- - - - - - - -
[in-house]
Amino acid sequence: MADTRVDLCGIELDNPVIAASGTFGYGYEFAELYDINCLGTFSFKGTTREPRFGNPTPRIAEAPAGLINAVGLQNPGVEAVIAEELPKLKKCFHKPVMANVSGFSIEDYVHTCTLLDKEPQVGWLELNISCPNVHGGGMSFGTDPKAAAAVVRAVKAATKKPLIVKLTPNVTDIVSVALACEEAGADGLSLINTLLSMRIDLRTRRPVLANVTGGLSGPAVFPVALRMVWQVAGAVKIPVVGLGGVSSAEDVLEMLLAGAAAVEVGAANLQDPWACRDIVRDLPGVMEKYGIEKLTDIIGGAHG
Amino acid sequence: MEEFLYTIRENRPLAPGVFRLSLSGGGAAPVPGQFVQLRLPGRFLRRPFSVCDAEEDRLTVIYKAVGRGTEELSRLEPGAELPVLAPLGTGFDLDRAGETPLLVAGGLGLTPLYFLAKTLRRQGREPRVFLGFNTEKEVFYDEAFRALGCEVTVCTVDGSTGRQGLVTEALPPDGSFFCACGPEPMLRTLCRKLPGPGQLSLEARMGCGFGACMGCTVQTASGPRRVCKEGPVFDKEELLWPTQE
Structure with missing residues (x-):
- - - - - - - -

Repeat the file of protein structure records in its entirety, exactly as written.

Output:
[in-house]
Amino acid sequence: MADTRVDLCGIELDNPVIAASGTFGYGYEFAELYDINCLGTFSFKGTTREPRFGNPTPRIAEAPAGLINAVGLQNPGVEAVIAEELPKLKKCFHKPVMANVSGFSIEDYVHTCTLLDKEPQVGWLELNISCPNVHGGGMSFGTDPKAAAAVVRAVKAATKKPLIVKLTPNVTDIVSVALACEEAGADGLSLINTLLSMRIDLRTRRPVLANVTGGLSGPAVFPVALRMVWQVAGAVKIPVVGLGGVSSAEDVLEMLLAGAAAVEVGAANLQDPWACRDIVRDLPGVMEKYGIEKLTDIIGGAHG
Amino acid sequence: MEEFLYTIRENRPLAPGVFRLSLSGGGAAPVPGQFVQLRLPGRFLRRPFSVCDAEEDRLTVIYKAVGRGTEELSRLEPGAELPVLAPLGTGFDLDRAGETPLLVAGGLGLTPLYFLAKTLRRQGREPRVFLGFNTEKEVFYDEAFRALGCEVTVCTVDGSTGRQGLVTEALPPDGSFFCACGPEPMLRTLCRKLPGPGQLSLEARMGCGFGACMGCTVQTASGPRRVCKEGPVFDKEELLWPTQE
Structure with missing residues (x-):